Michael Walsh, who played the role of one of Becher’s crew enjoed being involved: ‘I had got interested in the subject matter of the Alondra. Coming from an RNLI background, I found it a privilege to work on the historical account and an honour to work with such a professional film crew’.

Director Paul Fitzgerald of I Made This, said it was pleasure to work with all involved: ‘I had no idea what to expect before we arrived in Baltimore, but it couldn’t have gone better. The cast and crew all behaved like professionals and were a pleasure to work with’.

The cast included Pat Flaherty – Archdeacon Becher, Cornie Bohane – Man in Chair, Tadhg Collins – Alondra Crew, Michael Walsh – Baltimore rescue crew, Rupert Stutchbury – Captain, Bernie O’Driscoll – Woman and Olan Marten – Narrator.

Film crew – Paul Fitzgerald Director, Rory Fitzgerald Camera, Jude Cowgill Assistant Director, Sheelagh Broderick Producer, Jenny Gregory Co Producer, Maria Collins, Susan O’Regan, Petra Reimers, Sandra Carty Stage Crew, Tara Phelan Makeup,

Thanks to all who gave props, costumes and most of all their time. Some of the cast & crew are featured in the photograph.

Baltimore lifeboat rescue to feature in RNLI’s World War One exhibition

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Published on: October 9, 2013

20131009-181129.jpgThe role of Baltimore in the rescue of 23 people from a steamship called Alondra which was wrecked off the Kedges in late 1916, is to be featured in an RNLI touring exhibition commemorating the centenary of World War One (WW1). The charity’s exhibition, funded by Arts Council England, is calledHope in the Great War and will honour the courage and bravery of the lifeboat crew who risked their lives to save others during WW1.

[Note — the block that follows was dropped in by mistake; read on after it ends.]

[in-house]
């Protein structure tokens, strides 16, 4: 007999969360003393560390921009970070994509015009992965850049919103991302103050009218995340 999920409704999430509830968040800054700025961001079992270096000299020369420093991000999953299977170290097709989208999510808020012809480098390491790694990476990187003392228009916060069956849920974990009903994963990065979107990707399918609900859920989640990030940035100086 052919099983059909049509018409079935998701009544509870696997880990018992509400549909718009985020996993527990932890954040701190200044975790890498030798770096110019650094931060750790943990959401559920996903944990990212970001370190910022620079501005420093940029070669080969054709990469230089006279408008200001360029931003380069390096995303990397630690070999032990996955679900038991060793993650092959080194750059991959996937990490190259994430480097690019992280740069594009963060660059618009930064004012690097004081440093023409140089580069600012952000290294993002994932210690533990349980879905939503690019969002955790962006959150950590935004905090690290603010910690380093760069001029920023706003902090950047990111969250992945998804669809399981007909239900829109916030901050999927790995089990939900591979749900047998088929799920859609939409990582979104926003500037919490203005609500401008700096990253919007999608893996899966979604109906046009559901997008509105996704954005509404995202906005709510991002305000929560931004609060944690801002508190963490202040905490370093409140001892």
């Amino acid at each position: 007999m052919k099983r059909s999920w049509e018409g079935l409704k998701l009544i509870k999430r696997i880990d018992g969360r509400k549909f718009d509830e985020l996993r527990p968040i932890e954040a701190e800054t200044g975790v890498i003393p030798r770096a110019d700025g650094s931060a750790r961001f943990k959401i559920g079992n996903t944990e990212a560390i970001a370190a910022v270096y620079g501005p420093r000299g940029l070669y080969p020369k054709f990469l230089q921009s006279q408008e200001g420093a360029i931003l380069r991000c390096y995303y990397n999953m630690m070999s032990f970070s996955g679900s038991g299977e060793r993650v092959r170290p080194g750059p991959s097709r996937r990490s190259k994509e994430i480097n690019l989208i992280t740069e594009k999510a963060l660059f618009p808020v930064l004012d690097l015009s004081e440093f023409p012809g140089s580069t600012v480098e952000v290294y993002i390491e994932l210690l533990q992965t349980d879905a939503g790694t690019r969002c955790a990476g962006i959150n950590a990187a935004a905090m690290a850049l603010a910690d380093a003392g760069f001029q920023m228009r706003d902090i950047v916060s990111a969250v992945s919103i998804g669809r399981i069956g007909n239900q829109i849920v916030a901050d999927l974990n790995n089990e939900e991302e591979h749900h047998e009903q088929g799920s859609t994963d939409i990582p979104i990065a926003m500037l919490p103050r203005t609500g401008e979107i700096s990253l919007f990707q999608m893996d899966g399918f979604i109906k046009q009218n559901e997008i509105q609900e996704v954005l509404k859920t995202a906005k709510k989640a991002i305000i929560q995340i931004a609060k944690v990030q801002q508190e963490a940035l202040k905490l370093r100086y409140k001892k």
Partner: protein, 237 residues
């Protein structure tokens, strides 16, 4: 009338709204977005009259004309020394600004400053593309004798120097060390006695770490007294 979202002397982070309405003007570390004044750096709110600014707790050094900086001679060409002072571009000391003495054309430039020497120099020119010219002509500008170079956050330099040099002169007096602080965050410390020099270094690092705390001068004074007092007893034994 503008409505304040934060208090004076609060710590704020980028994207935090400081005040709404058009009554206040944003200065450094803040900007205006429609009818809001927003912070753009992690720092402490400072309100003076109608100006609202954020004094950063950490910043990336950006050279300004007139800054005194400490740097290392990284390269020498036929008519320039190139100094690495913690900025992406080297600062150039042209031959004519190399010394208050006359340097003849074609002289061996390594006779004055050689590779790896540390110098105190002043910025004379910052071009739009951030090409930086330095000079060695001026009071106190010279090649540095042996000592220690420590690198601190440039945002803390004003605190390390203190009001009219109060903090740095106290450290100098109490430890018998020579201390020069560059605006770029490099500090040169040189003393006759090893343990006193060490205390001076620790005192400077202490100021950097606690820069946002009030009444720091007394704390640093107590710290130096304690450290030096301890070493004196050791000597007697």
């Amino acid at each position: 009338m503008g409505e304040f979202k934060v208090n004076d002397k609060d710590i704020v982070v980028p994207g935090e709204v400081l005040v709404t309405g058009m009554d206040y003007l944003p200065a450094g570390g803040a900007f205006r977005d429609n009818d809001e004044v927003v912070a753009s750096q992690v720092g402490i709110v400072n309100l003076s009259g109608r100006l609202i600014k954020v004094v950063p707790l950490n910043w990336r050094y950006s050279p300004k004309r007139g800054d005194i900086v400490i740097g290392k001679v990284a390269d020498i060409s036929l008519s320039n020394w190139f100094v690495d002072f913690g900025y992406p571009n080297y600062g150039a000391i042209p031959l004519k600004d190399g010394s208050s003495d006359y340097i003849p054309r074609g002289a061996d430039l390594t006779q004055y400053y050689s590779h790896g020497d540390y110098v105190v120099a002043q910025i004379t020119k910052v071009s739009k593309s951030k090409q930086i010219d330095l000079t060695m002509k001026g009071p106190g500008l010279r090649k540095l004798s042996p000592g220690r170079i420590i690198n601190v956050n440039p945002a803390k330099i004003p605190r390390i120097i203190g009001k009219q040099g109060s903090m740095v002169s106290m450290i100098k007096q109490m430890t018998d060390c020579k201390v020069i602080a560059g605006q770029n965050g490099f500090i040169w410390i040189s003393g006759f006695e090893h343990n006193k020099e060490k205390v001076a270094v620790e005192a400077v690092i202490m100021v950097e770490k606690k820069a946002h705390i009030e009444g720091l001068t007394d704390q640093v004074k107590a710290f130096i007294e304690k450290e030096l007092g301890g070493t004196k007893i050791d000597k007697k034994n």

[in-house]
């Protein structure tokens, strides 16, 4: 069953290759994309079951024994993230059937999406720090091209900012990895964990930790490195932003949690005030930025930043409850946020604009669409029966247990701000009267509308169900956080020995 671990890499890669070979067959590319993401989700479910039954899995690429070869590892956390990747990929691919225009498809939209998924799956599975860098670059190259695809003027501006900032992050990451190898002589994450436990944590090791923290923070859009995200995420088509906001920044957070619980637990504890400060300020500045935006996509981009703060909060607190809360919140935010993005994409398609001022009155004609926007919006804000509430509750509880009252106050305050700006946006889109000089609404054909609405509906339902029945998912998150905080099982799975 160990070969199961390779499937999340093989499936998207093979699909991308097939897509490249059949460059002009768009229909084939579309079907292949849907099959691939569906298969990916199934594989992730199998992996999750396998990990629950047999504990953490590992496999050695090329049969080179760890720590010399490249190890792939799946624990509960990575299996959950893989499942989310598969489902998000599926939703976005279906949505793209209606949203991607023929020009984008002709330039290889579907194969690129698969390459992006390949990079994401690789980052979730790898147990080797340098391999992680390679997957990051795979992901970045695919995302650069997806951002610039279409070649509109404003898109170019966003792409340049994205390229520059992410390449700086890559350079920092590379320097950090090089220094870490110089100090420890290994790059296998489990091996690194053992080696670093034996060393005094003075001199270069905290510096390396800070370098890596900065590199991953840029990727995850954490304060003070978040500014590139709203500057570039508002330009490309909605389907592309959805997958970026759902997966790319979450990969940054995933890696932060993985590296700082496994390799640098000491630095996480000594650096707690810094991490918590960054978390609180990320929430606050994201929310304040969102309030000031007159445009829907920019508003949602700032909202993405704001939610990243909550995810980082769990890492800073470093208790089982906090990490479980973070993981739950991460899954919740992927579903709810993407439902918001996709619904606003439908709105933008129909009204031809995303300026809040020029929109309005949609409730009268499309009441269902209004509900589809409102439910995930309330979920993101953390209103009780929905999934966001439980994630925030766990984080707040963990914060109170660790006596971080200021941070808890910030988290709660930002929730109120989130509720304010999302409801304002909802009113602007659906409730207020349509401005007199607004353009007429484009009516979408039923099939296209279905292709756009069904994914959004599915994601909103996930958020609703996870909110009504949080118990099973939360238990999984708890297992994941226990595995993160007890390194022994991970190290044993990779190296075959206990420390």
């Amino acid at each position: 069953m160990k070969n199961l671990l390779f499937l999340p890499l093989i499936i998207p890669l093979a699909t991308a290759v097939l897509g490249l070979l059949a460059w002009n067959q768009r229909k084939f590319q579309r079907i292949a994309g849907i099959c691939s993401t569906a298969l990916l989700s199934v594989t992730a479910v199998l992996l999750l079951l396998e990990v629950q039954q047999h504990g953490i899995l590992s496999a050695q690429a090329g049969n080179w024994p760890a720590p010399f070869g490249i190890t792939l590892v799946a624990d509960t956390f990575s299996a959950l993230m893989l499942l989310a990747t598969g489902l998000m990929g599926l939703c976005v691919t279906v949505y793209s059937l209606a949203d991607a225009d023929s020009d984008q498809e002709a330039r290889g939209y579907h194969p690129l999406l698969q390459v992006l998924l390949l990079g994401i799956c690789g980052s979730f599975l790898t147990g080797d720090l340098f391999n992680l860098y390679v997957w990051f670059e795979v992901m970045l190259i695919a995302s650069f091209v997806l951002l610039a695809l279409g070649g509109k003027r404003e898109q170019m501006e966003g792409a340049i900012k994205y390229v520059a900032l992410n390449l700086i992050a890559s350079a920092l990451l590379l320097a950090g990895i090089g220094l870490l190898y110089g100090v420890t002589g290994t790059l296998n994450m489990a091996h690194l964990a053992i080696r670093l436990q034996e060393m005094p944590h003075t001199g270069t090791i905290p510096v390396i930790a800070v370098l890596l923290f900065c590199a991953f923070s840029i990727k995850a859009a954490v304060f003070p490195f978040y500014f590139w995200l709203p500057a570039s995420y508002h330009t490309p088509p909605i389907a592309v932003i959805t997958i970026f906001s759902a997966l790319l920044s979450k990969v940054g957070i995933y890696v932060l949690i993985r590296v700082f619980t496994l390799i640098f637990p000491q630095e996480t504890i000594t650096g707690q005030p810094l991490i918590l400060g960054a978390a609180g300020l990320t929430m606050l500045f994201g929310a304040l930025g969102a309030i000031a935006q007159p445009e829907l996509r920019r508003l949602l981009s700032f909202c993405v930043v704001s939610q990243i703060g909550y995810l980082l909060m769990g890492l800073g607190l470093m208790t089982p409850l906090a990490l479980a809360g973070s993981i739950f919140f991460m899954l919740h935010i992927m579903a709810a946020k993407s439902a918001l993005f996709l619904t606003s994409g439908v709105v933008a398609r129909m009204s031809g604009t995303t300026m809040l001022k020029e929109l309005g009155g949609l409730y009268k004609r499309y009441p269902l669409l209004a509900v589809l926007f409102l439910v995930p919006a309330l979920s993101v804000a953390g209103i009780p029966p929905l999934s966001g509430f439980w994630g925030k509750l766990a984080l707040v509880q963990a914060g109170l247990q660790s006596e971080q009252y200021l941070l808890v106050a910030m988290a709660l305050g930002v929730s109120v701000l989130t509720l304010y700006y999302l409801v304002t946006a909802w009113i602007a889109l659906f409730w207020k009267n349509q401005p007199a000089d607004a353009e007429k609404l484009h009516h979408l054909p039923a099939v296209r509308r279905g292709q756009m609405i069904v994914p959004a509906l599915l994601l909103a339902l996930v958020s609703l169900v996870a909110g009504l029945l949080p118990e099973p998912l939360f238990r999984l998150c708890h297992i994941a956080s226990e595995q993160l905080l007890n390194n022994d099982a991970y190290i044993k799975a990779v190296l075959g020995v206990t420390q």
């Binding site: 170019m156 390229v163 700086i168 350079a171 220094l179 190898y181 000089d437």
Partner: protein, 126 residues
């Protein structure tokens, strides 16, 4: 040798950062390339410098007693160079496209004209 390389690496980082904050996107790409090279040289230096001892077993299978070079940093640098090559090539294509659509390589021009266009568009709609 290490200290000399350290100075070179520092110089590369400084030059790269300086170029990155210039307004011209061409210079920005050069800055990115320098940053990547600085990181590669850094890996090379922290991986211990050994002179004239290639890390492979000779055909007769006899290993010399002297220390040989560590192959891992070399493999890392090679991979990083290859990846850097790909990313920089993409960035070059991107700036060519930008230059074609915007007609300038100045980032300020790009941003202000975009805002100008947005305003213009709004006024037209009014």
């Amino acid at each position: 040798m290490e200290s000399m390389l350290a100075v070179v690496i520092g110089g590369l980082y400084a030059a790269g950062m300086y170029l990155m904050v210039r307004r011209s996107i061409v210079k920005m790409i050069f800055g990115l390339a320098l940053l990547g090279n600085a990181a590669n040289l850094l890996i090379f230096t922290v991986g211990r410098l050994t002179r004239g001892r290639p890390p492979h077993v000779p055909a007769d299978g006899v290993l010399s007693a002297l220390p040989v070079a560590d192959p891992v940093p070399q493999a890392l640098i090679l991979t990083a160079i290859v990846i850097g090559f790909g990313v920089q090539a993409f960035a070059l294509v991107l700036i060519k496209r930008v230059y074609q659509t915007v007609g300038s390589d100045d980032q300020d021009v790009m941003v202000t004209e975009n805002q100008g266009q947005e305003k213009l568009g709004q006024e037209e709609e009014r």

While a lot of people will be familiar with the sinking of the Lusitania off the Cork coast in 1915, not as many will be aware of this rescue which took place in Baltimore a year later.

A decision by the RNLI charity to establish a lifeboat station at Baltimore was made in 1913 but its actual opening took place in 1919, having been delayed by the First World War.

It was on the 29 December 1916 that the SS Alondra was wrecked on the Kedge Rock, off Baltimore. Sixteen of her crew left in one of the ship’s boats, but drowned before reaching the shore. The Venerable Archeacon John Richard Hedge Becher (Honorary Secretary of Baltimore RNLI) and some volunteers launched a boat but it failed to reach the vessel. They returned to Baltimore but put off again as some of the ship’s crew had made the rock. Failing to reach the wreck they put back to shore again. At daylight they set out with rocket apparatus. About the same time, two Royal Navy trawlers came upon the scene and the efforts of all, saved 23 survivors some of whom were lowered down a 150 foot cliff.

RNLI Silver Medals for Gallantry were awarded to Archdeacon Becher and Lieutenant Sanderson for their role in helping to rescue the 23 men from Alondra.